If you're heading off to college after graduating high school -- or if you've recently decided to go back to school after spending some time in the workforce -- you're probably concerned about going into debt for your degree. With the cost of higher education continuing to rise, you may feel that taking out hefty student loans is the only available option to finance your education. However, there are some alternatives that may allow you to obtain your degree with minimal (if any) debt. Read on to learn more about four alternative college financing arrangements that may be available to you.
Even if you've never served a day in the military, you may still be eligible for GI Bill benefits that can help pay for your college education. If you have a parent or spouse who has served in the armed forces, he or she may be able to transfer his or her GI Bill benefits to you.
These benefits can help pay for up to 36 months of tuition, fees, and other expenses -- and can even include a stipend to help pay for room and board. In many cases, the funding obtained through the GI Bill can rival the value of a full-tuition scholarship to a college or university. These benefits become even more valuable when you consider that they are provided tax-free (unlike some scholarships).
If you'd rather take off a few years to enter the workforce or travel before attending college, this is also an option -- children of eligible service members have until age 26 to use their GI Bill benefits.
Many colleges take part in the federal work study program -- this allows students to receive a significant discount on tuition and room and board expenses in exchange for performing work (on or off-campus) for less than minimum wage. In many cases, the students will receive a small stipend (a few dollars per hour) with the rest of their "stated wage" going directly to the college to help offset tuition and boarding costs.
Because these jobs are often coordinated through the college, many students find it easier to hold down a part-time job while attending classes -- these jobs are generally much more willing to accommodate the student's class schedule than outside employers.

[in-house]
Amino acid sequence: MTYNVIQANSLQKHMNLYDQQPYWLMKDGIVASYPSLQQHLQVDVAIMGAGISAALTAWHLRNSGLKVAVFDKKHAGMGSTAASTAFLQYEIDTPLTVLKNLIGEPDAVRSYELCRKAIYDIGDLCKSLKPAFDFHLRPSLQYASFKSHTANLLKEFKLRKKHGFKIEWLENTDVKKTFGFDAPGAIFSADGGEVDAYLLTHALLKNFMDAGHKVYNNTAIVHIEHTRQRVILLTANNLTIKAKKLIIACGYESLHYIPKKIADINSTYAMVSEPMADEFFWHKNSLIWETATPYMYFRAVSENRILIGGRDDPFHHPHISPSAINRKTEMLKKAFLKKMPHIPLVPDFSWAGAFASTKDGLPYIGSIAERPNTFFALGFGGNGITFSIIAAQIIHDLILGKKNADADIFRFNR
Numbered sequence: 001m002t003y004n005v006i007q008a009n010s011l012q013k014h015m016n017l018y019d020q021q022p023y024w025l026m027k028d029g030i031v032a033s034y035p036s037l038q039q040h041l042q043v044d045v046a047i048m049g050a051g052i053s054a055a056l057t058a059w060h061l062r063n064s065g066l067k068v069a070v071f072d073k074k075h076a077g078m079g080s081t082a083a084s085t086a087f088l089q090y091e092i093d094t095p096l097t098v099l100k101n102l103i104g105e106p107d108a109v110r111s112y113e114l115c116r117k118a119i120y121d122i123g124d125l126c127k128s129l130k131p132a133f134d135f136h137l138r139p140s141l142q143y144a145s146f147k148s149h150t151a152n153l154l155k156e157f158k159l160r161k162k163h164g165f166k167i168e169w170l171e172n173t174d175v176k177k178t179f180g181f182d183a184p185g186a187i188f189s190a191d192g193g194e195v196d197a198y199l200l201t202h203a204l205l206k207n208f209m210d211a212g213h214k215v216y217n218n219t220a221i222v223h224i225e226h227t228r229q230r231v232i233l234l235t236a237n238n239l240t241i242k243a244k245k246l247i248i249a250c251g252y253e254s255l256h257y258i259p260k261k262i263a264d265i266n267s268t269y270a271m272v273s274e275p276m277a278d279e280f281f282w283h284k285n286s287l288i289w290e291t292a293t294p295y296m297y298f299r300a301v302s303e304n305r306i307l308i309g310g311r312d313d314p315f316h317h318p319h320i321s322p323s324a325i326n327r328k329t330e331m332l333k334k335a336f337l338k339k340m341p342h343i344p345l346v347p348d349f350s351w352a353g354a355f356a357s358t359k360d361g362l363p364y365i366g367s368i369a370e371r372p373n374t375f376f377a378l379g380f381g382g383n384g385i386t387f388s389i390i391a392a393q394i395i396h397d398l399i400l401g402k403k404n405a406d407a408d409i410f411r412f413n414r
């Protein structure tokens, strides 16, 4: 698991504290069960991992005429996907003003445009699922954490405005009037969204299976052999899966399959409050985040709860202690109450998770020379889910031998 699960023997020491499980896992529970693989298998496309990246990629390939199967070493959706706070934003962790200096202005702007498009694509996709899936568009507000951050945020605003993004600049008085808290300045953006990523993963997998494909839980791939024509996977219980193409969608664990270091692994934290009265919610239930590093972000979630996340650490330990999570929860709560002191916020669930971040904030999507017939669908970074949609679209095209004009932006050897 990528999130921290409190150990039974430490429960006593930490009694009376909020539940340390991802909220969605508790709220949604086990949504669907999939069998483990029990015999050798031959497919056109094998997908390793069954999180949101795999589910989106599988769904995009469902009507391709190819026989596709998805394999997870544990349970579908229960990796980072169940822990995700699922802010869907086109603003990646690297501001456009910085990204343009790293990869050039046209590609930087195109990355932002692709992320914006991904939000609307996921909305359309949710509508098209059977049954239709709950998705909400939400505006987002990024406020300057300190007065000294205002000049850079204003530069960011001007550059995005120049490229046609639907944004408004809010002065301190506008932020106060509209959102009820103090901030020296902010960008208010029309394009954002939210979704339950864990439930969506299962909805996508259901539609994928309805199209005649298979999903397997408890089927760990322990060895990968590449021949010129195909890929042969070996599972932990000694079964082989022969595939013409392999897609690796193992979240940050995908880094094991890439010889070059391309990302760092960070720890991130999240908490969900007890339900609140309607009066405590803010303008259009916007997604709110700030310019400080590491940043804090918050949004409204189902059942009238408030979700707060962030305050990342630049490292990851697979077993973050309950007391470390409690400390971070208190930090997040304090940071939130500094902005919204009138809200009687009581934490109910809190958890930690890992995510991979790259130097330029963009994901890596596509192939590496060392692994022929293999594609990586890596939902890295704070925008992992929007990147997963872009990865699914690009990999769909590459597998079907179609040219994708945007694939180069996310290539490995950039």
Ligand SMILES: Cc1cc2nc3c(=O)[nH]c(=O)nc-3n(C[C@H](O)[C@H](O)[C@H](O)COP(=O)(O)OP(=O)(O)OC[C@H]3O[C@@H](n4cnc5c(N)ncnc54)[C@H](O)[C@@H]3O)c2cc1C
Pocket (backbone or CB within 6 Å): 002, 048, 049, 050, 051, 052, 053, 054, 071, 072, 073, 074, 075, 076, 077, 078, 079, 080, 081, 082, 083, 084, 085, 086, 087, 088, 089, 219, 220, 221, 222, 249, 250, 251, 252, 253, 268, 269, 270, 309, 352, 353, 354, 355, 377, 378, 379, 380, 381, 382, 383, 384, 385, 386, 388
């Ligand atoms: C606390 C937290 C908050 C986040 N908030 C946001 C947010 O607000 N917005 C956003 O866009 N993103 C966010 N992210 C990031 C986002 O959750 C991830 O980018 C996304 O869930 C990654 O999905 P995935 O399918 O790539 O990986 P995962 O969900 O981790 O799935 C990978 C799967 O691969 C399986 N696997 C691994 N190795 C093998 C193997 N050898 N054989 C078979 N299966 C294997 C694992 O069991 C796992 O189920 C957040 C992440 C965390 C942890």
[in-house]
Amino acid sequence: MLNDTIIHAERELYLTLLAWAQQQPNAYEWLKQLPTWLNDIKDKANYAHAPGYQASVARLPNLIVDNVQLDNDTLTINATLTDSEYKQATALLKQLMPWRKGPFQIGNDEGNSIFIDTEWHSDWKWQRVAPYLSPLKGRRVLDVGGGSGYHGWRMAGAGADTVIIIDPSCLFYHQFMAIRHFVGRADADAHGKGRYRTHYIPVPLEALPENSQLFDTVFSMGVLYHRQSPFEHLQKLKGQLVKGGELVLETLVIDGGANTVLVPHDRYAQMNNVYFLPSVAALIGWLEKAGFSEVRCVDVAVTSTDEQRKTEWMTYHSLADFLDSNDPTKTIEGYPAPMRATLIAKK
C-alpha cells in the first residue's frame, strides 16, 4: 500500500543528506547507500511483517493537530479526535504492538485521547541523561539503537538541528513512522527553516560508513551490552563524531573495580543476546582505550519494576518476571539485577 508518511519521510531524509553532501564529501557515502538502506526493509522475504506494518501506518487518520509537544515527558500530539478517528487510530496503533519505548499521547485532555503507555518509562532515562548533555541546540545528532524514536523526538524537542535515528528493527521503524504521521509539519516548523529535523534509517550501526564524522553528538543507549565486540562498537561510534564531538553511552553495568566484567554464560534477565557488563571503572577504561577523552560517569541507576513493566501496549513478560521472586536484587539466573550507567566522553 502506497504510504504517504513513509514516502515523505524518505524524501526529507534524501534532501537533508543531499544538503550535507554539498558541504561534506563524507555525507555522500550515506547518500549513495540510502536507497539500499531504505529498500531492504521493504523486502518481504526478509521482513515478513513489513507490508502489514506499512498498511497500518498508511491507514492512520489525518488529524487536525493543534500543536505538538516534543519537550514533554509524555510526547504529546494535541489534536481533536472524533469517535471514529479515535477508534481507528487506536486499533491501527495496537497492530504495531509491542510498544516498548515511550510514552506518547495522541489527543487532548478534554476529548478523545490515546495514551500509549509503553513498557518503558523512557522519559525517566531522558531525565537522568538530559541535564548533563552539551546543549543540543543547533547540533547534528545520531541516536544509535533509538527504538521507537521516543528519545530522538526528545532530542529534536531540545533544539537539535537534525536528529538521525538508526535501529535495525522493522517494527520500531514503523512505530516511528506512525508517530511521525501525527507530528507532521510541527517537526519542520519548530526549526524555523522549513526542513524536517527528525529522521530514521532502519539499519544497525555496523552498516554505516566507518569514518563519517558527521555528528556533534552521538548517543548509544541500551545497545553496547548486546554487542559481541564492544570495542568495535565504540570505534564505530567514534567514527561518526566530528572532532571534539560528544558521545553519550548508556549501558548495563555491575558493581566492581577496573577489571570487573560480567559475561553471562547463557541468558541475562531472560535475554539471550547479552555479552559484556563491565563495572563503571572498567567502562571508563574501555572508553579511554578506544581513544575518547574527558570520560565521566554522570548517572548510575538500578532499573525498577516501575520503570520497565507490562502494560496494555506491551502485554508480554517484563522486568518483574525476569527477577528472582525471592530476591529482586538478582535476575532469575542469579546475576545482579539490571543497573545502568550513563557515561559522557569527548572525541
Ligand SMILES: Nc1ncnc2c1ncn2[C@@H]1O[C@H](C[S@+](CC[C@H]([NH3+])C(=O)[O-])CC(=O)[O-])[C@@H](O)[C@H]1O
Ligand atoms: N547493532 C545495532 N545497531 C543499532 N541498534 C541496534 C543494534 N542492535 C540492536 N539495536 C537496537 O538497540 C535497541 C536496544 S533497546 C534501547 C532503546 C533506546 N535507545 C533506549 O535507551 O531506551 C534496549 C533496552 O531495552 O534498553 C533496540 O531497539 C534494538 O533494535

Some colleges even offer a full-tuition scholarship to all students who work on campus for a specified number of hours per semester while finishing their degree. Because these slots are coveted and sometimes competitive, you'll want to get your application in as early as possible to be placed on the waiting list.
Attending college in another country
Many financially savvy students have begun to investigate schools across the border -- specifically, Canadian colleges and universities. Many of these schools offer competitive programs that will qualify you to attend graduate school or find a job in the U.S. while paying substantially less per semester than you would pay to attend a similar school in the U.S.
Attending a Canadian college may also allow you to apply for and receive federal student loans -- so you'll be able to take advantage of the U.S.'s subsidized Stafford loans even while attending a lower-cost school in Canada. Each school can choose whether to participate in the Stafford Loan program, so you'll need to check with the specific schools you're interested in to determine whether you'll be eligible for one of these loans.
Taking out an installment loan or line of credit
If you don't qualify for federally subsidized student loans, you may be able to obtain a more competitive interest rate by financing your education through an installment loan or line of credit. These loans operate as personal loans, and often have more generous repayment terms than traditional student loans. For example, you may be able to choose to repay this loan or line of credit over a period of time comparable to a mortgage, rather than the much shorter term generally used for student loans. Additionally, these types of loans are able to be discharged in bankruptcy, while student loans are usually not. For more information, look for installment loans professionals.Share
13 May 2015
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